Research: Trainspotters

John le Carre at the Hay Festival 2013 on his first research in the Middle East: ‘I set off… first to Israel, where Shlomo Gazit, who was Head of Military Intelligence took me over, showed me that world.  And then I went, sometimes by way of Cyprus, sometimes directly over the Allenby Bridge up to Beirut, where the PLO were still hanging out and with some difficulty I got alongside Arafat.  And Arafat took me on for probably altogether ten days and sent me down to South Lebanon to Sidon where I stayed with Salah Tamari who was the chief of fighters down there.’ 

Interesting.  My first research interview was with a train spotter, and I was terrified.  I was writing a ‘western’ about trainspotting and thought that it would probably be best if I found out what they actually did.  Their local hangout is Platform Five at London Bridge.  Men with rucksacks and notepads, all facing in different directions.  I was certain they would tell me where to go, so I approached the nearest one cautiously and asked if he’d mind a few questions.  Twenty minutes later, after he had told me about carriage numbers, and the York Railway Hotel, and ‘Units’ and ‘Wagons’, and the websites and magazines, and being on sick pay, and the notepads he had that went back to 1965, I said my thank-yous and started to walk away.  ‘There’s also plane spotting!’ he shouted after me.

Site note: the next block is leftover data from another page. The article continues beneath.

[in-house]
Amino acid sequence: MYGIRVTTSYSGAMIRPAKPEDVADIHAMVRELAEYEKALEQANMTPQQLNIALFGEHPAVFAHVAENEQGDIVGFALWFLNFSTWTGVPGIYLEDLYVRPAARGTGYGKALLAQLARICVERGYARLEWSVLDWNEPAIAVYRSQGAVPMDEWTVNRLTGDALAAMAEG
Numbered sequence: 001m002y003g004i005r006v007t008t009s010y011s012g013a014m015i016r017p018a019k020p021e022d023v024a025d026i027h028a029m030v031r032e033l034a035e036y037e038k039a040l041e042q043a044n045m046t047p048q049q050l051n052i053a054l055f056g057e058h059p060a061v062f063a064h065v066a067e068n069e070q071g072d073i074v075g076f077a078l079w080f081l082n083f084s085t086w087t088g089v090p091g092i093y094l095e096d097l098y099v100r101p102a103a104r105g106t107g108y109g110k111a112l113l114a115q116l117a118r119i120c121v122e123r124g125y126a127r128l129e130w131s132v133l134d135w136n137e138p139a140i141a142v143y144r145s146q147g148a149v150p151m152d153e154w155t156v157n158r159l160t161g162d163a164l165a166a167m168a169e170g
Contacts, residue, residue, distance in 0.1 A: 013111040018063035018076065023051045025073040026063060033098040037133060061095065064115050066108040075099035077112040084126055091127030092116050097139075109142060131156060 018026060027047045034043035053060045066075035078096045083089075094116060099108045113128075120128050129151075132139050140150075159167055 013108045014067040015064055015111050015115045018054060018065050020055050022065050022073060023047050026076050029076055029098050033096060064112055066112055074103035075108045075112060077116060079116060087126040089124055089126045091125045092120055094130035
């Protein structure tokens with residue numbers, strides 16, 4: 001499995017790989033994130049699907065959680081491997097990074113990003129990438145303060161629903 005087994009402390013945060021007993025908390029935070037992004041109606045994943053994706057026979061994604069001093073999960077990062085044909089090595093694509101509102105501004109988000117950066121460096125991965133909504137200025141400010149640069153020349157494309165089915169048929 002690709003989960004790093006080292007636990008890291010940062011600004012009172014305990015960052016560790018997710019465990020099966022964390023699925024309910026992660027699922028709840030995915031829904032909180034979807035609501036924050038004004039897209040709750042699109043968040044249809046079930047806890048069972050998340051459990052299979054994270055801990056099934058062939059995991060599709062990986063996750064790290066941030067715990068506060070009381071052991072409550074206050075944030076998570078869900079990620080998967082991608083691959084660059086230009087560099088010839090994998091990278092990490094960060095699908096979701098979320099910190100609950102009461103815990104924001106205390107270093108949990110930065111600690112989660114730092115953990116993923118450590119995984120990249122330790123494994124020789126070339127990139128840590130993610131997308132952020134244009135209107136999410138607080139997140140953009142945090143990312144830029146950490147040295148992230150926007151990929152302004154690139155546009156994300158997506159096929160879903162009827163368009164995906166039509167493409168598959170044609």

What I learnt was that most people don’t mind being asked about what they do.  In fact, like most of us, they’re dying for someone to ask, and to listen.  Doesn’t matter if they’re in the Jordan Valley or the wilds of Platform Five.


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